The Nature of False Teachers « Soulherbs

The Nature of False Teachers « Soulherbs.


I found another good blog and one of the first posts I read was about False Teachers.  Anyway, this post highlights another one of the ways in which my LDS neighbors’ beliefs are different from mine: they are based on false doctrine.  I’ll let Soulherbs take it from there.


Does that include myself?

I’m just not feelin’ it lately.  I don’t know what my problem is.  I have a million ideas for blog posts these days, but I don’t think I could get away with any of them (they are all either preachy or potentially offensive).  I will just share what came up today during my daily Bible reading and hopefully it won’t turn anybody off.

1 Corinthians 5:11–But now I write to you not to associate with anyone who bears the name of [Christian] brother if he is known to be guilty of immorality or greed, or is an idolater [whose soul is devoted to any object that usurps the place of God], or is a person with a foul tongue [railing, abusing, reviling, slandering], or is a drunkard or a swindler or a robber. [No] you must not so much as eat with such a person.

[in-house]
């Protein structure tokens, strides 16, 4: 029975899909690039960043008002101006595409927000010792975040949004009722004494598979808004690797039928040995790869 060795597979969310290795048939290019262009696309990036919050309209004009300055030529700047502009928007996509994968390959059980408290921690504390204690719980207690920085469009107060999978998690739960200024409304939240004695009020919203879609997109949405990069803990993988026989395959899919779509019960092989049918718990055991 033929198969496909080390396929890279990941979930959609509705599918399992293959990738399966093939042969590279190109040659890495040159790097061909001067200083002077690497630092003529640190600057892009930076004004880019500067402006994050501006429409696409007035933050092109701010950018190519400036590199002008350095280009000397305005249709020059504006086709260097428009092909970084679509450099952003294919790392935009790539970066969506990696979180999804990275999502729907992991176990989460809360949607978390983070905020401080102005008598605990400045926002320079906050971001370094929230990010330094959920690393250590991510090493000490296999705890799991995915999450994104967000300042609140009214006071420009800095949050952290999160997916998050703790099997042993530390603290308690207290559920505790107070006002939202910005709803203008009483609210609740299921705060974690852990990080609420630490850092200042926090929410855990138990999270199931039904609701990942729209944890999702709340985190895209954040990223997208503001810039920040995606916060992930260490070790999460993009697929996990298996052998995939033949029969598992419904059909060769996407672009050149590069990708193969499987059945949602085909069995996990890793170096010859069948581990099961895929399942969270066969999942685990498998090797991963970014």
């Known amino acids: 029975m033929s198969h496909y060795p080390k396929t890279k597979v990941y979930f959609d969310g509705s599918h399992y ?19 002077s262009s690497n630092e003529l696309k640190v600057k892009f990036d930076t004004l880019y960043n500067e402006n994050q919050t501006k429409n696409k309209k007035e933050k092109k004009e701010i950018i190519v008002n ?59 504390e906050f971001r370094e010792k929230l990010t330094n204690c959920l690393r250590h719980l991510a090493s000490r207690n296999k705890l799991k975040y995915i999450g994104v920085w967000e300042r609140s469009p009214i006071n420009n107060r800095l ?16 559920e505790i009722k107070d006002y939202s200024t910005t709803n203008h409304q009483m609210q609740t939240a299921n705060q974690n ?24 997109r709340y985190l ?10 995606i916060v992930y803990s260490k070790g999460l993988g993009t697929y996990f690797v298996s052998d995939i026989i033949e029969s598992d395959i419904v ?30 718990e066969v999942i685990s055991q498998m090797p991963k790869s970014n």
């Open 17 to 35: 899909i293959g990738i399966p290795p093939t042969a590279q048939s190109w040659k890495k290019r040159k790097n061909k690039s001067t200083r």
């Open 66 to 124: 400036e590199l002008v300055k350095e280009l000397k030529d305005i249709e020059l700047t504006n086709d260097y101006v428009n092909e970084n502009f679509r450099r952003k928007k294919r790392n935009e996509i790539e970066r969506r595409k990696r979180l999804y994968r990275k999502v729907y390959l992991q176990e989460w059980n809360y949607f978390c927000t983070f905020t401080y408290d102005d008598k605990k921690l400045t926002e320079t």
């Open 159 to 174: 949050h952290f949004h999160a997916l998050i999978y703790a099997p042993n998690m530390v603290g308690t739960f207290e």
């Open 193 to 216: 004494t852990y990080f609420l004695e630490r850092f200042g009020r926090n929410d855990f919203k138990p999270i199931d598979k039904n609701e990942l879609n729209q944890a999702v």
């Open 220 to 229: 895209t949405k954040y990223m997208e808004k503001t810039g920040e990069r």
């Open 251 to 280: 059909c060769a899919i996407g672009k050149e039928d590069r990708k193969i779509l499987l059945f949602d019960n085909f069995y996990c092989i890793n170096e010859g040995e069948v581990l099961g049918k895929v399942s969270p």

I could get into how these people (those who call themselves Christian, but don’t live it) really anger me, but I’ve done that before.  But instead, I’m going to approach it from a different direction.  You see, I read this list and think, “I might not be guilty of all of these things, but I am guilty of some of them.  Immorality, check.  Greed, check.  Idolatry, check.  Foul tongue, check.  Drunkard, check.  Swindler, check.  Robber, check.  Oh, I guess that’s all of them.  So, should I not eat with myself?”

Okay, admittedly I’m being a little harsh on myself.  At least the last three have not been an issue since I became a Christian.  The truth, though, is that I am still a sinner.  Paul goes on in this passage to say that we shouldn’t judge those outside the church (that is for God to do), but that we should judge those who claim to be Christians and should discipline them accordingly.

How, though, can we do this justly?  Jesus says that whatever measure we use, that is the measure that will be used against us.  What measure could I possibly use to judge other believers that would not make me a hypocrite?  The only just measure is God’s Word.  I cannot judge a person according to the world, nor can I judge them by each other.  The only perfect measure is Jesus Christ; and, let’s face it, next to Him we all fall short.

I feel like whenever I try to do this I am a total hypocrite.  I’m not perfect, so how can I expect anybody else to be?  How can I expect others to uphold God’s perfect standard in their lives when I can’t do so in my own?  Praise God that He died on the cross for me.  Otherwise, I would be headed straight for the lake of fire.

So, I guess there’s the question of the day: How do you live out this verse without seeming like a hypocrite?

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